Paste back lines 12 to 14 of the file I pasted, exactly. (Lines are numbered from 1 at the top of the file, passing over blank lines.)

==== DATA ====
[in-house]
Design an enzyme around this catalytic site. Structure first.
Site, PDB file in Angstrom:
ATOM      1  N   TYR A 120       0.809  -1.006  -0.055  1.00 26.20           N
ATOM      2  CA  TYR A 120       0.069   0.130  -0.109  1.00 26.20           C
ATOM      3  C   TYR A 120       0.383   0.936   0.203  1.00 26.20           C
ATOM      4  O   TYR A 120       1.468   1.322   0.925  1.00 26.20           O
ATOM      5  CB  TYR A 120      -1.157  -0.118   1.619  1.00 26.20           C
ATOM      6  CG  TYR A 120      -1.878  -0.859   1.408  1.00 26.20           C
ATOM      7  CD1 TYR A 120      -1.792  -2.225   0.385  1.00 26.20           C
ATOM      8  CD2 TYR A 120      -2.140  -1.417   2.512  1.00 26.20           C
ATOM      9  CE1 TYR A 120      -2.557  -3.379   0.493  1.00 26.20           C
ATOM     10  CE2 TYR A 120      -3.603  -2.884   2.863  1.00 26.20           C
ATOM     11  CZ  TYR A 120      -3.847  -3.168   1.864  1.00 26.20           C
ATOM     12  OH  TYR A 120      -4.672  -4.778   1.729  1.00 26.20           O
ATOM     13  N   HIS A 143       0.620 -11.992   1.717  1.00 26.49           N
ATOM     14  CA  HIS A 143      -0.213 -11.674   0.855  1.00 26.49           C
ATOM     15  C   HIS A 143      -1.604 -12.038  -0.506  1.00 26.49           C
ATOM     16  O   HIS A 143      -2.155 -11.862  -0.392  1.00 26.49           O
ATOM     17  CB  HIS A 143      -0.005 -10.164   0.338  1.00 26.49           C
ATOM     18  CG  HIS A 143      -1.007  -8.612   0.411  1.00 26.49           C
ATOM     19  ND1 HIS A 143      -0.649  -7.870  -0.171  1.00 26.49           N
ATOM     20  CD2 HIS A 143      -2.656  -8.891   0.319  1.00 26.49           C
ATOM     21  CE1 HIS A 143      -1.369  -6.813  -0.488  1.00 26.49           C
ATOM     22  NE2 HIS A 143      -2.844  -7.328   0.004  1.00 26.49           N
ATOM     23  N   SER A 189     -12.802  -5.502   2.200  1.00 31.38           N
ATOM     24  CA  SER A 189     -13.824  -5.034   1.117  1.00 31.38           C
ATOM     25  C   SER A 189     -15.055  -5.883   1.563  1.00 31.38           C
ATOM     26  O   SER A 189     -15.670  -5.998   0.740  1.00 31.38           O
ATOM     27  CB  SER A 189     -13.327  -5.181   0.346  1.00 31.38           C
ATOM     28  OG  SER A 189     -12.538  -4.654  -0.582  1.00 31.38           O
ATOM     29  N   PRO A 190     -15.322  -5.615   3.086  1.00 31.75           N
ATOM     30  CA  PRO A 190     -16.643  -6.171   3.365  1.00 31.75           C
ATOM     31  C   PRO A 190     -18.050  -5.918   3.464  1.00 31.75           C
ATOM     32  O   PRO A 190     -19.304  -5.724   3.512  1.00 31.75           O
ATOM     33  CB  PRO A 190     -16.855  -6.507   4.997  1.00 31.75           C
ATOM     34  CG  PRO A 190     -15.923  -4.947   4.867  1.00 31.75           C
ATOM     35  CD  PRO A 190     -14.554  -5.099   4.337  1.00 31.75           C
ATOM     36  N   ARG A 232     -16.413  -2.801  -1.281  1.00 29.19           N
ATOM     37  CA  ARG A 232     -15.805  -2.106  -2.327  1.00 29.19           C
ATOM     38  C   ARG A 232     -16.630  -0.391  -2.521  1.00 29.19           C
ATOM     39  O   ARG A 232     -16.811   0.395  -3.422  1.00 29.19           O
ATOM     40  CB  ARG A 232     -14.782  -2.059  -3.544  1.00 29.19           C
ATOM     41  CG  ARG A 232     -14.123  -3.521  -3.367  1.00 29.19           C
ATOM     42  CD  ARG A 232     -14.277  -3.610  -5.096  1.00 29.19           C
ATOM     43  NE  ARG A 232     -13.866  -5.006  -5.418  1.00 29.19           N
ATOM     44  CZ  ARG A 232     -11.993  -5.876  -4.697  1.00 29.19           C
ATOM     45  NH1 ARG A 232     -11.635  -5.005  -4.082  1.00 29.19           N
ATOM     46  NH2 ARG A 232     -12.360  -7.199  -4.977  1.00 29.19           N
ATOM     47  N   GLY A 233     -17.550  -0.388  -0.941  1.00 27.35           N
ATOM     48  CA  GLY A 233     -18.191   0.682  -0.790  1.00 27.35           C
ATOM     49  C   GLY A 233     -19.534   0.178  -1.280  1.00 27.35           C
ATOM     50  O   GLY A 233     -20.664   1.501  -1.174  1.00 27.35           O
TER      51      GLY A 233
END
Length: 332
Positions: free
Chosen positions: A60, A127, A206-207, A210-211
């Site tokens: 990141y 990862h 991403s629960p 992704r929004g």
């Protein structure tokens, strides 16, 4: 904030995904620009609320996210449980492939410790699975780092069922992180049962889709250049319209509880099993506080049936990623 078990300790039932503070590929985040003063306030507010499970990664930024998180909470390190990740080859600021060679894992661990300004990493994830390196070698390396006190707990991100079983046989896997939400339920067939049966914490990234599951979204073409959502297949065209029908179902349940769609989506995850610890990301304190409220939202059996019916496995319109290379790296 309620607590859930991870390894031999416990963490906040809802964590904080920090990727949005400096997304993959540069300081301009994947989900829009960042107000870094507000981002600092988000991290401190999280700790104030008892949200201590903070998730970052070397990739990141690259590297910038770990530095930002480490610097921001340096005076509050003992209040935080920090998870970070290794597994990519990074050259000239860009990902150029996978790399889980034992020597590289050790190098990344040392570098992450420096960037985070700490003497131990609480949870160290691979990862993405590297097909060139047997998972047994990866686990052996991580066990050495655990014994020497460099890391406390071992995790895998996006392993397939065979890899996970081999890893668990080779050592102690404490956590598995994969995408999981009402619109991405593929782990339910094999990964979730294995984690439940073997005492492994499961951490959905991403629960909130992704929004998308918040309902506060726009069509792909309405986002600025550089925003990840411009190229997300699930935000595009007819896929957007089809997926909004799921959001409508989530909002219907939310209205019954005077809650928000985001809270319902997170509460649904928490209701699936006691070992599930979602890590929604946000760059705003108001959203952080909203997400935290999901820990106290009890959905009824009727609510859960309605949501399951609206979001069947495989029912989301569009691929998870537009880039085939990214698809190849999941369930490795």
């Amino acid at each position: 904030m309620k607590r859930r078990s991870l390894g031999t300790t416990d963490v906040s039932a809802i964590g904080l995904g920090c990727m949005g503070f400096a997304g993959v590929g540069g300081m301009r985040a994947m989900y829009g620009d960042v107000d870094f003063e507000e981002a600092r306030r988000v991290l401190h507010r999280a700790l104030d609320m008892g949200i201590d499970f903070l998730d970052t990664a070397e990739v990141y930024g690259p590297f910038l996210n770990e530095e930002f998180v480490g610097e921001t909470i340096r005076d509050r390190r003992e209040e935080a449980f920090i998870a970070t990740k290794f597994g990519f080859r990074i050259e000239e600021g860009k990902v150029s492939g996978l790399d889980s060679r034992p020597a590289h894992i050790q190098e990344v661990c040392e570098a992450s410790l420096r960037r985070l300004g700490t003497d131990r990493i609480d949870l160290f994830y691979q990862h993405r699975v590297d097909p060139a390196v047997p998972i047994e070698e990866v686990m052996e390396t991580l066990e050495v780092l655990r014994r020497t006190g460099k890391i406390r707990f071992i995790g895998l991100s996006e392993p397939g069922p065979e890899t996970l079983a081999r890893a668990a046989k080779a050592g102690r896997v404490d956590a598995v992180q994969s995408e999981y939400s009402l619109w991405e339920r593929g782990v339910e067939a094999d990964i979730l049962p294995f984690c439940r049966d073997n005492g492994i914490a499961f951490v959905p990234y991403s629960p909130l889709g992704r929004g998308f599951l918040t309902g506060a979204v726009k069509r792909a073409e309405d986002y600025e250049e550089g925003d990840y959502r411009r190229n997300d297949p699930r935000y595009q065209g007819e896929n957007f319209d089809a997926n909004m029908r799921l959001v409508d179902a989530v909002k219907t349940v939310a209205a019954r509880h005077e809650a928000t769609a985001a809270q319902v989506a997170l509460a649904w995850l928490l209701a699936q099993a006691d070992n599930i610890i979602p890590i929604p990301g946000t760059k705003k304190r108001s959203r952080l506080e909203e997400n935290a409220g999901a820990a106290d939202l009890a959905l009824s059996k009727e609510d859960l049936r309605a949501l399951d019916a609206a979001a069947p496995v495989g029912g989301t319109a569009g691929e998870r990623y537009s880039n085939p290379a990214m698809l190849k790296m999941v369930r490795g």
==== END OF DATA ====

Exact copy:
ATOM      9  CE1 TYR A 120      -2.557  -3.379   0.493  1.00 26.20           C
ATOM     10  CE2 TYR A 120      -3.603  -2.884   2.863  1.00 26.20           C
ATOM     11  CZ  TYR A 120      -3.847  -3.168   1.864  1.00 26.20           C